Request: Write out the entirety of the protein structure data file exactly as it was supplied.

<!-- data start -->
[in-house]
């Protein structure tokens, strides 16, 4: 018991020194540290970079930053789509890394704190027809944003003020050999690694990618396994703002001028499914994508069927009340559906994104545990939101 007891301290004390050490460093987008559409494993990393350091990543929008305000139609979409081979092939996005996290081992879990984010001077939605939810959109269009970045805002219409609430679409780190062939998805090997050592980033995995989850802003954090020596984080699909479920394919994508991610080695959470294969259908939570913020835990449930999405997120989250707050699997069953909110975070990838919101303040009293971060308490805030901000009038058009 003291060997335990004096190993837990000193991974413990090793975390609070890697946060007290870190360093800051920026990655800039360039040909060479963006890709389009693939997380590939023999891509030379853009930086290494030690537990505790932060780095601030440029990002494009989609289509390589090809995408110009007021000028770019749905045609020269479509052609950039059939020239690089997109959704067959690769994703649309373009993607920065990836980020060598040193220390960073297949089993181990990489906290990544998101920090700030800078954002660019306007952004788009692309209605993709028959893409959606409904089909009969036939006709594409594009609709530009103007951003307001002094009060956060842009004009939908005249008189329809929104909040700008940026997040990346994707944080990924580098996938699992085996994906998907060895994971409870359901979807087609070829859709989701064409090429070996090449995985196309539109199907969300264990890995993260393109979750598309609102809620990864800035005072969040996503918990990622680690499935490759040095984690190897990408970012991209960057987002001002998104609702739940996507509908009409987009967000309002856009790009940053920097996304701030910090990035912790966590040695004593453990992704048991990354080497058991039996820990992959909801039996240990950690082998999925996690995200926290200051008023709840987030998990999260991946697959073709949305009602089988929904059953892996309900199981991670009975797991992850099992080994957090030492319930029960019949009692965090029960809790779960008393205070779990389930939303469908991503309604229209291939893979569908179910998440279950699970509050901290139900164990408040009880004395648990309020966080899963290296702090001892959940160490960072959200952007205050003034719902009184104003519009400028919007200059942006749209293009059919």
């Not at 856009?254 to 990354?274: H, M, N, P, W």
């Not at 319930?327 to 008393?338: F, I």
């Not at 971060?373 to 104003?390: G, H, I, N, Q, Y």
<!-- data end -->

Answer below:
[in-house]
């Protein structure tokens, strides 16, 4: 018991020194540290970079930053789509890394704190027809944003003020050999690694990618396994703002001028499914994508069927009340559906994104545990939101 007891301290004390050490460093987008559409494993990393350091990543929008305000139609979409081979092939996005996290081992879990984010001077939605939810959109269009970045805002219409609430679409780190062939998805090997050592980033995995989850802003954090020596984080699909479920394919994508991610080695959470294969259908939570913020835990449930999405997120989250707050699997069953909110975070990838919101303040009293971060308490805030901000009038058009 003291060997335990004096190993837990000193991974413990090793975390609070890697946060007290870190360093800051920026990655800039360039040909060479963006890709389009693939997380590939023999891509030379853009930086290494030690537990505790932060780095601030440029990002494009989609289509390589090809995408110009007021000028770019749905045609020269479509052609950039059939020239690089997109959704067959690769994703649309373009993607920065990836980020060598040193220390960073297949089993181990990489906290990544998101920090700030800078954002660019306007952004788009692309209605993709028959893409959606409904089909009969036939006709594409594009609709530009103007951003307001002094009060956060842009004009939908005249008189329809929104909040700008940026997040990346994707944080990924580098996938699992085996994906998907060895994971409870359901979807087609070829859709989701064409090429070996090449995985196309539109199907969300264990890995993260393109979750598309609102809620990864800035005072969040996503918990990622680690499935490759040095984690190897990408970012991209960057987002001002998104609702739940996507509908009409987009967000309002856009790009940053920097996304701030910090990035912790966590040695004593453990992704048991990354080497058991039996820990992959909801039996240990950690082998999925996690995200926290200051008023709840987030998990999260991946697959073709949305009602089988929904059953892996309900199981991670009975797991992850099992080994957090030492319930029960019949009692965090029960809790779960008393205070779990389930939303469908991503309604229209291939893979569908179910998440279950699970509050901290139900164990408040009880004395648990309020966080899963290296702090001892959940160490960072959200952007205050003034719902009184104003519009400028919007200059942006749209293009059919």
């Not at 856009?254 to 990354?274: H, M, N, P, W």
């Not at 319930?327 to 008393?338: F, I």
């Not at 971060?373 to 104003?390: G, H, I, N, Q, Y």